Sunlit Reflections

Days like this, as I sit and peer out the window, the Emily Dickinson line I read in my youth returns to me, “There’s a certain slant of light…” It’s the soft, warm yellow sun of spring and how it glints off surrounding objects, shimmering in shifting patterns of light that is heartbreakingly lovely. It’s so delightful as to make me feel nostalgic and a little melancholic because I remember how fleeting these moments are. 

I am overcome with Proustian remembrances of times past–the first warm days of spring at the park, swinging with my best friend; the sweetest day of exploration through sprawling daffodils when studying abroad in London; lemon pound cake and coffee at an outdoor cafe table in the weeks after leaving my ex-husband; strolls with my new husband around the pond by our former apartment; the cool breeze on my face when riding my bike for the first time each season. The memories commingle with transient fragments that have gone unnamed but remain lodged in my mind more as an overall feeling than anything else, much like the way deja vu hits you in the solar plexus, some ancient part of our being both foreign and familiar at the same time. The collision of joy and longing, of heavy grounding and lightness of being.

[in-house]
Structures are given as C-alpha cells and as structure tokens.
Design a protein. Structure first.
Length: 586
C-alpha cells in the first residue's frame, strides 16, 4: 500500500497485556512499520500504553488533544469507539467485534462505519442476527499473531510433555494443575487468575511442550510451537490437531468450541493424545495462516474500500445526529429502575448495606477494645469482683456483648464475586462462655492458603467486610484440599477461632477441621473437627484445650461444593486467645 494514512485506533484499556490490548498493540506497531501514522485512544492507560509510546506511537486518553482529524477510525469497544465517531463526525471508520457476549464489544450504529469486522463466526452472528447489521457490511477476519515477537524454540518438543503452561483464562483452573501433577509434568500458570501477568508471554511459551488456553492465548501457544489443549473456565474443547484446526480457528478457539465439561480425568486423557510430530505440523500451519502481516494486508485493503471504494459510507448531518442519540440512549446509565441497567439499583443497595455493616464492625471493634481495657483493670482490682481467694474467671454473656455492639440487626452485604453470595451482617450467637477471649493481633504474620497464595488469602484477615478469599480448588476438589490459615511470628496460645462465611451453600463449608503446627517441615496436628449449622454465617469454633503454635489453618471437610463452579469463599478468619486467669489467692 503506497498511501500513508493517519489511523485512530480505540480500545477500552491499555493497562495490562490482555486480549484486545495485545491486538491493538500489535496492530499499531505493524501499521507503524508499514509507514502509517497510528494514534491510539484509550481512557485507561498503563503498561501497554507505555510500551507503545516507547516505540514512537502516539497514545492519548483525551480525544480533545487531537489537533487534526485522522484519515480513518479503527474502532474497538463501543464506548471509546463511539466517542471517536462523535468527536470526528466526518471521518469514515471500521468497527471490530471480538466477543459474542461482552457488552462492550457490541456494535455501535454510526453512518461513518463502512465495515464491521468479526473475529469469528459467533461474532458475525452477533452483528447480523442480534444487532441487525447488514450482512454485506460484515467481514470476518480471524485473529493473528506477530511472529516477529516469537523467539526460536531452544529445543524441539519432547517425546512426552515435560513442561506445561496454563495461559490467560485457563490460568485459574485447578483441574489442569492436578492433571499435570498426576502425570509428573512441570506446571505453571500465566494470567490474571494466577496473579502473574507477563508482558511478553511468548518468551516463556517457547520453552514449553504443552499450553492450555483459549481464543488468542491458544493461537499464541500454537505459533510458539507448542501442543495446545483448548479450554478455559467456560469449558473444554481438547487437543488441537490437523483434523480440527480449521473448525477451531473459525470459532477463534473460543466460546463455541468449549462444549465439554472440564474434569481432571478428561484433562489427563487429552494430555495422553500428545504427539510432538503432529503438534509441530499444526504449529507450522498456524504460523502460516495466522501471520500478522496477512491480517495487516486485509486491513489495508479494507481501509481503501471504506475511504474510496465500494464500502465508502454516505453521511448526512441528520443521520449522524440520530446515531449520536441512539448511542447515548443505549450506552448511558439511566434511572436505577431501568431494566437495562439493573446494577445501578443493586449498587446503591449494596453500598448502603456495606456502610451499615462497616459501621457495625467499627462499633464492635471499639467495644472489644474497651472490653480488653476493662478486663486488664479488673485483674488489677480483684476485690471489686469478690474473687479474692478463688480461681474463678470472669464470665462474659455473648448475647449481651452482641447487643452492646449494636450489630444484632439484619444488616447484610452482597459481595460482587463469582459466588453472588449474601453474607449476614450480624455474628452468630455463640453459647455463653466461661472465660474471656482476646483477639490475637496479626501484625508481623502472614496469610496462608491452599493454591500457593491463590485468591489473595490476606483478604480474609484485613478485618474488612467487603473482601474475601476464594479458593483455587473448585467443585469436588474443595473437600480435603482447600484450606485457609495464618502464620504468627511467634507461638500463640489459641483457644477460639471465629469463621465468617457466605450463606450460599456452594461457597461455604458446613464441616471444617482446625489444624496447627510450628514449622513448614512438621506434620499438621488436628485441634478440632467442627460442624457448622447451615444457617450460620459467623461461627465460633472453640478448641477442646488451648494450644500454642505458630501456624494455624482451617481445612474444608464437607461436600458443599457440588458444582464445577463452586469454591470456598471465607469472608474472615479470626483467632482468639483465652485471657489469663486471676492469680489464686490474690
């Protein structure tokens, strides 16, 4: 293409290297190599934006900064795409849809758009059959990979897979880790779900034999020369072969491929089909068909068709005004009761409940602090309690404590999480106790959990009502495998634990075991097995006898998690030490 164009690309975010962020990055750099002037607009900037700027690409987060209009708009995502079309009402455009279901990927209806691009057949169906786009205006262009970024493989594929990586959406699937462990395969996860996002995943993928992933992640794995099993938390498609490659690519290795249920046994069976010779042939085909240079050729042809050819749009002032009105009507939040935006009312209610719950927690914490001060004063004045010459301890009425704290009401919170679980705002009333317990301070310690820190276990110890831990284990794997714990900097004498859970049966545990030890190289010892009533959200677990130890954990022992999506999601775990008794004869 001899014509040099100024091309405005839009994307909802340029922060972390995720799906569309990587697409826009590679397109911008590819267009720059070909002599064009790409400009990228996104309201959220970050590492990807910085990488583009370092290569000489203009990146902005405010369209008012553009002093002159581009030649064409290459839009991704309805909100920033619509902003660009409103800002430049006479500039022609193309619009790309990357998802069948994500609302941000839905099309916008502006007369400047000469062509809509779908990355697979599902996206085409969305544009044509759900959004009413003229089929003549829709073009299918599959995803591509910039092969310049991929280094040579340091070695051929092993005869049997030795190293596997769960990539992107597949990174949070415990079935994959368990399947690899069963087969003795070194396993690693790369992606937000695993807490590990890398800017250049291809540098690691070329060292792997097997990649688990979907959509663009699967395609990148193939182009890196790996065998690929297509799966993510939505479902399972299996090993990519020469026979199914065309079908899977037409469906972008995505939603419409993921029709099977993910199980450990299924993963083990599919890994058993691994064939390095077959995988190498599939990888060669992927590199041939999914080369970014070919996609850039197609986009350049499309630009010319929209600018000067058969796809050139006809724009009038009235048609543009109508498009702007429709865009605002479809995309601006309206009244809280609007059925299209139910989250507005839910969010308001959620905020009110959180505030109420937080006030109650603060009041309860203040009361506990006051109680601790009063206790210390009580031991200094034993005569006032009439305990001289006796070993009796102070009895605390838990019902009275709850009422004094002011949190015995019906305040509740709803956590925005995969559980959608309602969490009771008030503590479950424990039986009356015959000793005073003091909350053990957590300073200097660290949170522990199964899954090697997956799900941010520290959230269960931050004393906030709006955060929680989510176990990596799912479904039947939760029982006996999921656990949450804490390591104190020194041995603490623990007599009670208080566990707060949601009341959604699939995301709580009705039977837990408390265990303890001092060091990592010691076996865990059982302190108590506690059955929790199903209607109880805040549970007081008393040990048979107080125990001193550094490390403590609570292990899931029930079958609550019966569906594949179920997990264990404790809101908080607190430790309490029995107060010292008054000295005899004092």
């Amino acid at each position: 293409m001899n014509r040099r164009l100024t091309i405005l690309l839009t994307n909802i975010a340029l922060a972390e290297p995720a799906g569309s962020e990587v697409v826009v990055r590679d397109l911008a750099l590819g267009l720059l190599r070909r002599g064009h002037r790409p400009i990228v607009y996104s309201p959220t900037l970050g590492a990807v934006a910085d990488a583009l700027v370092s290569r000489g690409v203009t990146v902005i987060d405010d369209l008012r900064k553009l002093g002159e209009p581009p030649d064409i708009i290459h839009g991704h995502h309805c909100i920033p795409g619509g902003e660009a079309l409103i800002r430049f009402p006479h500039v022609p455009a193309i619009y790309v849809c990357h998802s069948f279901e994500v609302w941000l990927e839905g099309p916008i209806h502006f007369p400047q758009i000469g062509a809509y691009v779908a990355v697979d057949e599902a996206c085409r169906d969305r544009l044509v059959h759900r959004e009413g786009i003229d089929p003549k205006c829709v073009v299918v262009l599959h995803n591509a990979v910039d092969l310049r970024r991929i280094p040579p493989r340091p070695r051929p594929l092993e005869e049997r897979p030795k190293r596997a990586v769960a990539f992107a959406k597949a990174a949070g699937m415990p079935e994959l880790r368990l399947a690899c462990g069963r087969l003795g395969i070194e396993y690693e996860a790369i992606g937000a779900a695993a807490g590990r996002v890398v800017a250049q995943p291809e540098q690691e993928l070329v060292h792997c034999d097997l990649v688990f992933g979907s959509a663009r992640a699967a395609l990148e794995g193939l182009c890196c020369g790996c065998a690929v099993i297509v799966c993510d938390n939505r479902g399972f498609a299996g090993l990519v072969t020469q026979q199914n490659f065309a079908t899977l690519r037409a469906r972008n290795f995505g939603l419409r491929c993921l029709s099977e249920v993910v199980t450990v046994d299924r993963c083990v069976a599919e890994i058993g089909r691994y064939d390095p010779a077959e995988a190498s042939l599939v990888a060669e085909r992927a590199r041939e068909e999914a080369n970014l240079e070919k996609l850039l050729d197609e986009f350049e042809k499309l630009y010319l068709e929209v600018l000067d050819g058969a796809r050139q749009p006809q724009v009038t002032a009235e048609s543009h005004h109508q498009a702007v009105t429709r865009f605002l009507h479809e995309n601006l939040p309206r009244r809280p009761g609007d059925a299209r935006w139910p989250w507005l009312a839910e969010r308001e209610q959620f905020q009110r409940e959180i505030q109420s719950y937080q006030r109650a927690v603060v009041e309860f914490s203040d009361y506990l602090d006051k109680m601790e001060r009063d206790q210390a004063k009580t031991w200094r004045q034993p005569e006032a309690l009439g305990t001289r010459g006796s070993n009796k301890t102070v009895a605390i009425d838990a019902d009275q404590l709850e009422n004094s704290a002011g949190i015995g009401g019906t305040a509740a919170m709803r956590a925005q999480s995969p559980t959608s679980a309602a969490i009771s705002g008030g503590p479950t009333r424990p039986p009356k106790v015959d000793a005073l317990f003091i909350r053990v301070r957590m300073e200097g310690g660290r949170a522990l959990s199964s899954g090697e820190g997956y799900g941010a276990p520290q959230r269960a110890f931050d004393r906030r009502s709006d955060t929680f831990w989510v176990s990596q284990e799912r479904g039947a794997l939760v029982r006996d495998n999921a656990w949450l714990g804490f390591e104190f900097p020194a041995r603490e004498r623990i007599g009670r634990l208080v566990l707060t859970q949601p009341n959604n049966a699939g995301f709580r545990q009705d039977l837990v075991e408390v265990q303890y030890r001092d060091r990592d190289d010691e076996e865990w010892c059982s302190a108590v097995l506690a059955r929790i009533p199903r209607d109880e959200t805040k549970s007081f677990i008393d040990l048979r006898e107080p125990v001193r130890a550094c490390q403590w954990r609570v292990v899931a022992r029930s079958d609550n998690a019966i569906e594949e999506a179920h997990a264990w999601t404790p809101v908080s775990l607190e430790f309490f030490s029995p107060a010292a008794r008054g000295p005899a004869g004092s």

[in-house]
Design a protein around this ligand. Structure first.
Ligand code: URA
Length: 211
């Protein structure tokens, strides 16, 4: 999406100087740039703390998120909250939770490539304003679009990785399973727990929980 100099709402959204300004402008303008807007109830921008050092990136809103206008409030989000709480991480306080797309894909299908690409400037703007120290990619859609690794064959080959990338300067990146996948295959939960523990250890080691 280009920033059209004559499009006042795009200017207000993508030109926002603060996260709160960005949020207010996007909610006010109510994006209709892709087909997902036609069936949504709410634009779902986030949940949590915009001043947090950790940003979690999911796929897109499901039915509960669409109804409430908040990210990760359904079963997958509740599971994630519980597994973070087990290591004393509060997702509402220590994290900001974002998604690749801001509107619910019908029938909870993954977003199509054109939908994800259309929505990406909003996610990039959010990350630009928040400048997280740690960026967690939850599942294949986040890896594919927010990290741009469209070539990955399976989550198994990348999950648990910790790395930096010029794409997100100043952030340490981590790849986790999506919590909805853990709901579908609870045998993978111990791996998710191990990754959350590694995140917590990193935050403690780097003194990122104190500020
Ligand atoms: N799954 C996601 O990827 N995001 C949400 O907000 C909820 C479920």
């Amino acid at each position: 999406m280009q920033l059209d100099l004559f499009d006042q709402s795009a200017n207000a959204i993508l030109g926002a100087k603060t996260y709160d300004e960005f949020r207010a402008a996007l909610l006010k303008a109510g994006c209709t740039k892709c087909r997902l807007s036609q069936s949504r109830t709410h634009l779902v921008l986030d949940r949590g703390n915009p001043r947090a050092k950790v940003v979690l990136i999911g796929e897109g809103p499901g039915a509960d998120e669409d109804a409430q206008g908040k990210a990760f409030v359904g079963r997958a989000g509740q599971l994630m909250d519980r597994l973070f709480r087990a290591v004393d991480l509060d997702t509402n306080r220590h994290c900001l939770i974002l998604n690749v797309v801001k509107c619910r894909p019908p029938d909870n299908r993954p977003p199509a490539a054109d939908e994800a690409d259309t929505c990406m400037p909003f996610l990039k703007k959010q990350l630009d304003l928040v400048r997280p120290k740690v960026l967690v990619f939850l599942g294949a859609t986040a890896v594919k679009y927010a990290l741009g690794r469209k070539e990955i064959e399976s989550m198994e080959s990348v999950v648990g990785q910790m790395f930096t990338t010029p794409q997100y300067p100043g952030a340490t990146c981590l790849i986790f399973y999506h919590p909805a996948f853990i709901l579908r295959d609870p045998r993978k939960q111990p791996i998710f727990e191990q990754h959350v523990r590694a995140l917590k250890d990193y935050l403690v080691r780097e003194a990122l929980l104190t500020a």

Pushing through long, dark days of Wisconsin winters, holding out for the return of the birds and green buds on trees, tulip shoots, rabbits munching grass, means the start of spring is both the literal and figurative light at the end of the tunnel. It’s so beautiful I could cry. It’s so simple but balloons each sunlit moment with hope, a hope so desperately needed in a world that’s been gradually tearing itself to bits in uglier, crueler, and more shocking ways each year. 

We need to let the sunshine and hope surround us, let our skin absorb it into the core of our being where we can keep believing better days really are yet to come. On quiet April afternoons such as this, it’s not too hard to do, but knowing the light flickers, fades any minute, means I can’t cling too tightly. I must hold the joy delicately and for the shapeshifting and ephemeral gift it is. It reminds me: Be here now. Be present, bittersweet as it is.

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